The study is part of a doctoral dissertation by Susanne Akterin at Karolinska Instititet in which she examined mice which had been genetically modified to be more susceptible to effects similar those which accompany Alzheimer’s.
For a period of nine months, the mice in the study were fed a diet high in fat, sugar, and cholesterol – substances found in abundance in fast food items.
“When we studied the mice’s brains, we saw a chemical change similar to what one sees in a brain with Alzheimer’s,” said Akterin in a statement.
Among other things, small growths appeared on the nerve cells which impeded the cells from functioning normally.
The study was designed to emulate a genetic variant known as apoE4, one of the most common genetic risk factors for the onset of Alzheimer’s in humans.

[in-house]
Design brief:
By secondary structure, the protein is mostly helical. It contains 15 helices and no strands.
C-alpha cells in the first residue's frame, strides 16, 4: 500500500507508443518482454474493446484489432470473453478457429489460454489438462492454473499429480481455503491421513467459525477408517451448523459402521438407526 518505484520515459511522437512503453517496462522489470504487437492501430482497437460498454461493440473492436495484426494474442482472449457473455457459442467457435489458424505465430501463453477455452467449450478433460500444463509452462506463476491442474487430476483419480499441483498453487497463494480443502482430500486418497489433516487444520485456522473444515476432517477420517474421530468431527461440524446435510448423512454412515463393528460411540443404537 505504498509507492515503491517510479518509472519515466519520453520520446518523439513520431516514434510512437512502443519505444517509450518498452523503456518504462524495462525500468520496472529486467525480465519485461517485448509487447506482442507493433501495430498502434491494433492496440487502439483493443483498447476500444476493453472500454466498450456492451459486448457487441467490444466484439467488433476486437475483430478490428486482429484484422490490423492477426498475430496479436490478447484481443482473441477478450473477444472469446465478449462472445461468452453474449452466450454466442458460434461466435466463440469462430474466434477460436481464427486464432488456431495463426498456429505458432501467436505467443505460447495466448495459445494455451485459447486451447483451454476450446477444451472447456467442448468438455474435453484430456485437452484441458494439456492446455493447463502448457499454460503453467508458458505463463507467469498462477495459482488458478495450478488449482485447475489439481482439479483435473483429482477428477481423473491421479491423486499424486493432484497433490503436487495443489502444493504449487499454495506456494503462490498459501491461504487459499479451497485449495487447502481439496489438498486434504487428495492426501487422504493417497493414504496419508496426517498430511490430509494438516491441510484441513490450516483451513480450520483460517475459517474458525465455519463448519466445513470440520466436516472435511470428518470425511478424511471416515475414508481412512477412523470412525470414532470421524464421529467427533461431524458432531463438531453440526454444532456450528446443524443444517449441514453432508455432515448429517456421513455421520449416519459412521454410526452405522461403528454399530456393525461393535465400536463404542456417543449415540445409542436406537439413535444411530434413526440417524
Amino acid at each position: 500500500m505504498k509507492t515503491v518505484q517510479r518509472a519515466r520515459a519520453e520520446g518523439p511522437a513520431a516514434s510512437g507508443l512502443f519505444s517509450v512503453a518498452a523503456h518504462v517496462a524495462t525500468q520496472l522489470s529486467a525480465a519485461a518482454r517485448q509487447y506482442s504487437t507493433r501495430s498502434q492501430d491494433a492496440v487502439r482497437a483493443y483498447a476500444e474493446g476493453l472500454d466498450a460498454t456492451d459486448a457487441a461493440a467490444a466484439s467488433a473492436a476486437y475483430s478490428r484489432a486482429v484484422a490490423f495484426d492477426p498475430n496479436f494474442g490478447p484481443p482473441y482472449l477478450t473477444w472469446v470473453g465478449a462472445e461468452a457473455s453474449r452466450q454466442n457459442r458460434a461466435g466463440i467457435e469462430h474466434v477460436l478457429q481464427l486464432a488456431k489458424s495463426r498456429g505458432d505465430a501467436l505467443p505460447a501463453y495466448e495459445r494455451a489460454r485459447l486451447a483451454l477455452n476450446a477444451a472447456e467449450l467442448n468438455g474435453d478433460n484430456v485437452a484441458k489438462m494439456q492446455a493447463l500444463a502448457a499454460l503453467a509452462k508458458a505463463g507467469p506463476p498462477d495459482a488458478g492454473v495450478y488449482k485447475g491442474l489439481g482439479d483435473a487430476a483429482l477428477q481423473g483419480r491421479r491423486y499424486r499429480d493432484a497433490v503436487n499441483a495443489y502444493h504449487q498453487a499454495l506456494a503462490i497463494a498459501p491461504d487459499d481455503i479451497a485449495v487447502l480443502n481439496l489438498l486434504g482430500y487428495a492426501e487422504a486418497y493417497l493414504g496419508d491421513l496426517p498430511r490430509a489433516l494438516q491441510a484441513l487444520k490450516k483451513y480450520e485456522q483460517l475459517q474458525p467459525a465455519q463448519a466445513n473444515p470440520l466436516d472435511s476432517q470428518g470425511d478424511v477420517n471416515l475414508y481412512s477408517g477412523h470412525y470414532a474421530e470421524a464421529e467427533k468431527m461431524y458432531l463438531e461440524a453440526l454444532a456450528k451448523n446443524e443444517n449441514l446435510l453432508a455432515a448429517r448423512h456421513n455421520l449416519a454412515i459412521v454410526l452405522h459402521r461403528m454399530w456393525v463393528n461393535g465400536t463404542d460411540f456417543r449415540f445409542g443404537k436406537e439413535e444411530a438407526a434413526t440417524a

The apoE4 allele is carried by about 15 to 20 percent of the population.
There were also signs of reduced levels of a substance which is important for storing memory.
“Our hypothesis is therefore that a high intake of fat and cholesterol, in conjunction with genetic factors like apoE4, can lead to several substances in the brain being adversely affected and that can be a contributing cause to the development of Alzheimer’s,” said Akterin.
While the study does provide some clues for how to prevent the neurological disorder, Akterin cautioned that more research is needed before doctors will be able to develop guidelines for the general public.